The Jacksonville Jaguars performed as well as anyone could have expected this season.
Coming off a five-year stretch in which they won a total of 17 games, including just three wins a year ago, winning a divisional title, a No. 3 seed in the AFC and earning a home playoff game are more than most could have hoped for.
But here they are, having earned the right to play in their first playoff game since 2007 and to host a game for the first time since 1999.
Now the question is, what are Jaguars' chances of earning their first postseason win since 2007?
Jacksonville probably got a more favorable first-round matchup when Baltimore lost its regular-season finale to Cincinnati, thus putting the Jaguars against Buffalo in the first round rather than against Tennessee, which beat Jacksonville twice this season.
Jacksonville also avoided playing the Los Angeles Chargers, a team the Jaguars beat earlier in the season but one that features Philip Rivers, who had routinely produced 300-plus passing yard games against the Jaguars.
Instead, the Jaguars will encounter a Buffalo team that is 9-7 and won three of its last four games to earn their first playoff appearance in 18 years.
The Bills' offensive rankings are so-so -- 29th in average yards per game, sixth in rushing and 29th in passing. It's not much better defensively -- 26th in average yards per game, 29th in rushing and 20th in passing.
But Jaguars head coach Doug Marrone suggests the Bills are a worthy opponent.
"They are a good football team. They are physical on both sides of the ball. I think they have done a great job, like we have over the course of the year, with turnovers," Marrone noted. "They have created a lot of turnovers. They have obviously done a good job in their coverage units, special teams-wise, and they are dangerous on offense. They can make plays. They have good guys on the perimeter. They have a premier tight end in (Charles) Clay.
"Obviously, with (LeSean) McCoy as the runner or (Mike) Tolbert, they have a really good running game and the quarterback is dangerous. He has done a lot of things that have given us problems when plays get extended or quarterbacks run and things of that nature. It has been a challenge for us. There are a lot of challenges for us coming off of this game."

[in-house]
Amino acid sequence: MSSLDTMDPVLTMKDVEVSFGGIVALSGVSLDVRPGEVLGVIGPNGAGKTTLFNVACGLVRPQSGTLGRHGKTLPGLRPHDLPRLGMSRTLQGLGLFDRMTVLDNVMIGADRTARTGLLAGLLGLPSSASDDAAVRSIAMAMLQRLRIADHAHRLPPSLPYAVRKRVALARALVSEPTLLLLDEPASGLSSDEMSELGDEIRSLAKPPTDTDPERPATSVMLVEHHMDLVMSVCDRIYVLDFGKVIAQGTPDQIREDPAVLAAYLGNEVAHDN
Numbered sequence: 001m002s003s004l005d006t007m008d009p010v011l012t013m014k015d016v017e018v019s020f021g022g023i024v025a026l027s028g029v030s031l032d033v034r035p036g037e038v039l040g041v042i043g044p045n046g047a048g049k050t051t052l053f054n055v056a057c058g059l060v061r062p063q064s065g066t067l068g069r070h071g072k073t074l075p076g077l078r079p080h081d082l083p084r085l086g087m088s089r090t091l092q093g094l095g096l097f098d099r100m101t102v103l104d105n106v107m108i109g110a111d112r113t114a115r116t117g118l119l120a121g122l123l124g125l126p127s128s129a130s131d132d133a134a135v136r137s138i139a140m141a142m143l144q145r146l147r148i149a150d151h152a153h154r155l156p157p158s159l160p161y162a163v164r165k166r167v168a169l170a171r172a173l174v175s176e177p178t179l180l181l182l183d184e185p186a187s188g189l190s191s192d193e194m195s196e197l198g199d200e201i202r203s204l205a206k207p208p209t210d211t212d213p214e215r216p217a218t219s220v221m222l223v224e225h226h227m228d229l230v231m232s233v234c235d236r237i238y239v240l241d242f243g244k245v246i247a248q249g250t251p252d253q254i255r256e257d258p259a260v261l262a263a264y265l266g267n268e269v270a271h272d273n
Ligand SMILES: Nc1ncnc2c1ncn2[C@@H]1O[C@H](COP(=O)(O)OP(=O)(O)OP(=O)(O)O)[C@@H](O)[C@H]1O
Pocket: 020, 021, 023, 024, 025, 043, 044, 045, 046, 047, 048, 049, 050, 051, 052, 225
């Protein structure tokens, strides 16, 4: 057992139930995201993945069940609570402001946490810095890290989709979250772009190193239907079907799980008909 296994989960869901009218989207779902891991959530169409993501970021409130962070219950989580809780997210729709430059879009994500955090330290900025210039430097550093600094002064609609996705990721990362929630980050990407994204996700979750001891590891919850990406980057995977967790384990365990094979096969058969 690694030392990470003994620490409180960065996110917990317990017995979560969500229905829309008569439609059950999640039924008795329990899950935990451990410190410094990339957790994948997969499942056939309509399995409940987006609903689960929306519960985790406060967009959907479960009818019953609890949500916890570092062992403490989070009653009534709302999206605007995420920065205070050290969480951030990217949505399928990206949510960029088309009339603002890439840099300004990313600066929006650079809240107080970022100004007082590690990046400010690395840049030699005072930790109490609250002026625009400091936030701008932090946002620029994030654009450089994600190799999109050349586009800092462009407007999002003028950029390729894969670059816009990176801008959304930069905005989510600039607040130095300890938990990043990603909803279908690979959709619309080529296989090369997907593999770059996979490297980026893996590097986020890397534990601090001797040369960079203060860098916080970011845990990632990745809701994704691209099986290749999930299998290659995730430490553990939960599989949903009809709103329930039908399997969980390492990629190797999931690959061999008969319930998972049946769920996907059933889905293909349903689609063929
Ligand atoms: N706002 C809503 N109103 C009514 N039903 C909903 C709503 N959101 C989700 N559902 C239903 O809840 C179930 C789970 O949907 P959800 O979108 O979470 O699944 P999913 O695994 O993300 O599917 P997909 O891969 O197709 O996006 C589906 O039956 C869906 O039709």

Marrone was the Buffalo head coach in 2013 and 2014, but walked away from the team with a $4 million buyout. It was a move that Bills fans haven't forgotten, but Marrone seldom talks about that decision.
"It was a long time ago, but I'm happy for that fan base, I'm happy for where they are," Marrone said. "They've earned their spot, but more importantly, my concentration is on our team and our fan base. We've earned it, too, and we've been out of it for a long time. I don't go back to the past, but like I said before, I'm happy for them, I'm glad they're in a good place. I'm in a great place. Feeling great about where I am. I'm comfortable with it."
Neither team has much playoff experience, with only a handful of players on either side having played in the postseason. Jaguars tight end Marcedes Lewis is the only player on either team who has playoff experience with the same team. Lewis was a member of the Jaguars' 2007 playoff team.
Marrone is trying to keep preparation the same as it was during the regular season.
"It's like you do every week but you are just checking the boxes, just one more time," the Jaguars' head coach said. "That is probably it. To say you want to make sure everything is clear, the plan is clear, what we want to do is clear. Everyone understands and the reason why. That is a big thing is because when everything is clear, you can play harder and play faster. Those are the things you want to do. You don't want to say that is not what we have been doing during the year."